That's the kind of bright outlook that makes it hard to believe Odom has such a dark past. "He's a fun-loving kid who does all the things we make rookies do, like carry the bags and place the veterans' orders when we're in a restaurant," says Clippers forward Maurice Taylor. "I think people meet him and are surprised to find out he's nothing like what they thought."
As a player, Odom comes as advertised. It usually takes only a brief look at him to appreciate the full range of his skills. In a 100-95 home win over the New York Knicks on Nov. 23, his statistical line was stuffed by the end of the first quarter, which he finished with 13 points, three assists, three rebounds and a steal. He was simply too tall for 6'5" Knicks forward Latrell Sprewell, over whom Odom shot for most of the game, and too quick for 6'9" power forward Kurt Thomas, around whom he drove as if Thomas were a detour sign on a couple of possessions. "There aren't many teams who really can match up with him," says Utah Jazz coach Jerry Sloan. "Maybe Minnesota, with Kevin Garnett, but not many others. He's going to cause a lot of headaches for people."
Stats don't reflect the way Odom often takes over at point guard late in close games, or the way the Clippers come out of timeouts in crucial moments and immediately try to get the ball into his hands. It's not unusual to see Odom bring the ball down and initiate the offense, then drop into the low post to take an entry pass. "I have to remind myself sometimes that he's only a 20-year-old rookie," Ford says. "He's just so gifted that we want the ball in his hands as often as we can get it there. He's already become the kind of player that defenses have to double-team or they'll get killed, and when that happens, it opens things up for everyone else."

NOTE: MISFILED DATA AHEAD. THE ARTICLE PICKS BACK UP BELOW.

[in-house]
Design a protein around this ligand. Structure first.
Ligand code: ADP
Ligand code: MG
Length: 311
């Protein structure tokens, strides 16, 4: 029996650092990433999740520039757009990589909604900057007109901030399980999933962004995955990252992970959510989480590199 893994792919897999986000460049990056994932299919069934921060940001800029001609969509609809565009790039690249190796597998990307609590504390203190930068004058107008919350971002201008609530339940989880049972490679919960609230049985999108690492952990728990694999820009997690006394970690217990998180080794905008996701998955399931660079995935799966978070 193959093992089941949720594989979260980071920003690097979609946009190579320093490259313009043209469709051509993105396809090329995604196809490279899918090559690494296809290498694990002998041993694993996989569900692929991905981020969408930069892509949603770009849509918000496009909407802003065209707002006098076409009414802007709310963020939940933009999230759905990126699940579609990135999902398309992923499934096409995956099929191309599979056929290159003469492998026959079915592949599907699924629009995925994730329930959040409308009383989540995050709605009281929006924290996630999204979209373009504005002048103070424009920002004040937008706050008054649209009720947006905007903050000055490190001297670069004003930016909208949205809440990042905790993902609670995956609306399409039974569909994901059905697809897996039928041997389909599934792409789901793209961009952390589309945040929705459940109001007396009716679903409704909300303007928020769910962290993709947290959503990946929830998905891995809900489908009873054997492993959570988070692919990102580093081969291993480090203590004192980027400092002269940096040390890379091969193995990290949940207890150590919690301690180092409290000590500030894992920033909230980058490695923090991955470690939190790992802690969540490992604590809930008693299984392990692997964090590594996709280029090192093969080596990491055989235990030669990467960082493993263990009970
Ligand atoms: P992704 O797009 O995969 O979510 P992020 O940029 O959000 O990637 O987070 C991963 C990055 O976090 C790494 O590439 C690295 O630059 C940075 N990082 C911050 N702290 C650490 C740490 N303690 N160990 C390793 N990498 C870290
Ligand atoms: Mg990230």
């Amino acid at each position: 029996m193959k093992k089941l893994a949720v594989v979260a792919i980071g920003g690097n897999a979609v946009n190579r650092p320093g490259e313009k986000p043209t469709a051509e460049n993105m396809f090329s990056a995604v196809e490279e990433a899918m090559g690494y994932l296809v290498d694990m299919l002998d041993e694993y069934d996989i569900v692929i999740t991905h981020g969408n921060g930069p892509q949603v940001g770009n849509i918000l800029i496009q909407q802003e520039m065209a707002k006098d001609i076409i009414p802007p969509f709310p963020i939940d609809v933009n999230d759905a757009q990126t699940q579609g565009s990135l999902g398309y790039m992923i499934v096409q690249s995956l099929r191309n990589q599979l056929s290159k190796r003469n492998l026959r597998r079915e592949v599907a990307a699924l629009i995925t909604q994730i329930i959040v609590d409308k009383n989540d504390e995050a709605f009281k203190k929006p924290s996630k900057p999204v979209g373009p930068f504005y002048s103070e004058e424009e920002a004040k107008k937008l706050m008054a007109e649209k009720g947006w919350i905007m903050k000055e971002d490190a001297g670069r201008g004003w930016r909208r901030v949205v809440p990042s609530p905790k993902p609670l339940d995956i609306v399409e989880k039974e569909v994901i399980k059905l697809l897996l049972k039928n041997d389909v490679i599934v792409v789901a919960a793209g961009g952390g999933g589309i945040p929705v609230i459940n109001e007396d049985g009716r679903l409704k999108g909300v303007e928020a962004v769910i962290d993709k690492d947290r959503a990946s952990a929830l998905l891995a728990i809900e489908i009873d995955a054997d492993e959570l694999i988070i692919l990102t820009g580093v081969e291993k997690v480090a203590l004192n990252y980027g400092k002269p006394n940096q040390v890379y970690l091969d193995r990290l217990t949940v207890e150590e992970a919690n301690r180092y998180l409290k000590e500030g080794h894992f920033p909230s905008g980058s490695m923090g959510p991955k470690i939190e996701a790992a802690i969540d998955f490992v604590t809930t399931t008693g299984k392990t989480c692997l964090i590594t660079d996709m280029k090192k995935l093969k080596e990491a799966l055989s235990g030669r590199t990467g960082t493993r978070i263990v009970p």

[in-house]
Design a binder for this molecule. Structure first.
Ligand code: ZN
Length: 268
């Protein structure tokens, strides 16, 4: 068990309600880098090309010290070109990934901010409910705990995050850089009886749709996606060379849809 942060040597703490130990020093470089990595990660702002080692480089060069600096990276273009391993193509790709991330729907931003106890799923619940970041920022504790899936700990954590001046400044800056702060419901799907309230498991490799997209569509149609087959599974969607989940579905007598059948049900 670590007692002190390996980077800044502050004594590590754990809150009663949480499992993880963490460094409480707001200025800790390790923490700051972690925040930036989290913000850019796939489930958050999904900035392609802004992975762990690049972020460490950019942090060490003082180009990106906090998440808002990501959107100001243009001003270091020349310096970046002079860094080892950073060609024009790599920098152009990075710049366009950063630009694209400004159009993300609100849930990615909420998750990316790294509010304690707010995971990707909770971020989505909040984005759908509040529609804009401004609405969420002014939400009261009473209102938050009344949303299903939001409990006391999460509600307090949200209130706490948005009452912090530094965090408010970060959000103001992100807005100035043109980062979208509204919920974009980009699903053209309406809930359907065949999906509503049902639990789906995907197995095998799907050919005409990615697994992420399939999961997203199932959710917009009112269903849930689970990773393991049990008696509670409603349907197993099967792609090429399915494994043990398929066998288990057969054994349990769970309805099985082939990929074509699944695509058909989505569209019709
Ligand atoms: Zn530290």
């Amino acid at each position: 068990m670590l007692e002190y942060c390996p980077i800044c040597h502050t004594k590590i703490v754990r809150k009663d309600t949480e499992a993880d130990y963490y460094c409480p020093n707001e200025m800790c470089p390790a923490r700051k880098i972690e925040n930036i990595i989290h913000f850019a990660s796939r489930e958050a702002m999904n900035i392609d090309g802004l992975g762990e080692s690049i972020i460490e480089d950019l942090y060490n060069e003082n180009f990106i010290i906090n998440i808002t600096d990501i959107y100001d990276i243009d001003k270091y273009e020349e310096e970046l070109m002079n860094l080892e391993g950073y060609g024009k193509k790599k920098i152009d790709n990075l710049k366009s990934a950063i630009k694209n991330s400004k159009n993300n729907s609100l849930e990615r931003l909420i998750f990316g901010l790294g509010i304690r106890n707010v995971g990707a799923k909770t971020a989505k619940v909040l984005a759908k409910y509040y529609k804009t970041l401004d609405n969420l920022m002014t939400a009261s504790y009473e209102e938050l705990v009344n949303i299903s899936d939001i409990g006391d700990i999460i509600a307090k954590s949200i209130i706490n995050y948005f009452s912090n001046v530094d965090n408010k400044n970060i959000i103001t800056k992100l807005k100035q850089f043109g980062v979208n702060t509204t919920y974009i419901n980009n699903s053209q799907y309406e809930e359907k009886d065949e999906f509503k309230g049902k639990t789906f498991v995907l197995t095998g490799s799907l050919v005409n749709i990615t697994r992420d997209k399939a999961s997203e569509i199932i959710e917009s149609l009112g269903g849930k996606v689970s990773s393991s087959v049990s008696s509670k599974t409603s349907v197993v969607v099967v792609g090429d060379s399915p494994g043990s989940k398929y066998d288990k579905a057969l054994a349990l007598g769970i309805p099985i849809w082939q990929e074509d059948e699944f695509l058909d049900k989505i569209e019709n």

Although the comparisons to Magic are apt—Heat coach Pat Riley was even moved to pull out old tapes of Johnson to show Odom a few days before the draft—Odom doesn't have Magic's halogen-bulb smile. He tends to flash sly, playful ones, which are more in keeping with his personality. He'll catch a pass near mid-court and pretend he's thinking about taking a 40-footer, then wink at his defender. His wit is as quick as his first step. After the victory over the Knicks, Clippers owner Donald Sterling came into the locker room to congratulate Odom, who finished with 24 points, six rebounds, five assists, two blocked shots and a steal. "We're not letting you go, even if it takes $300 million," Sterling said, referring to the riches Odom will command when his three-year contract expires. "Just remember you said that," Odom shot back, smiling.
Nicknames don't seem to stick to Odom any better than defenders do, which is a shame, because the Package, the tag that was briefly applied to him during his season at Rhode Island, seems to fit perfectly. Not only does he seem to have a full bundle of skills, but he also might as well have arrived on the Clippers' doorstep wrapped up and tied in a bow, courtesy of the teams who bypassed him in the draft. "I'd never tell my owner this, but we had a pretty good chance to move up and take him, and I thought he was too big a character risk," says a Western Conference general manager. "I've already seen enough to know now that his talent makes him worth almost any risk. I've got a feeling he's going to have me kicking myself for the next 10 or 15 years."
Odom won't look that far ahead. He even recoils at the mention of the Rookie of the Year award. "How can anybody be thinking 70 games down the line?" he asks. For now, Odom is satisfied that things are finally going his way. "This is how I saw it unfolding when I was 10 years old on the playground, waiting for the street lamps to come on for extra light," he says. It would be tempting to call Odom's success a happy ending, if it didn't feel so much like a beginning.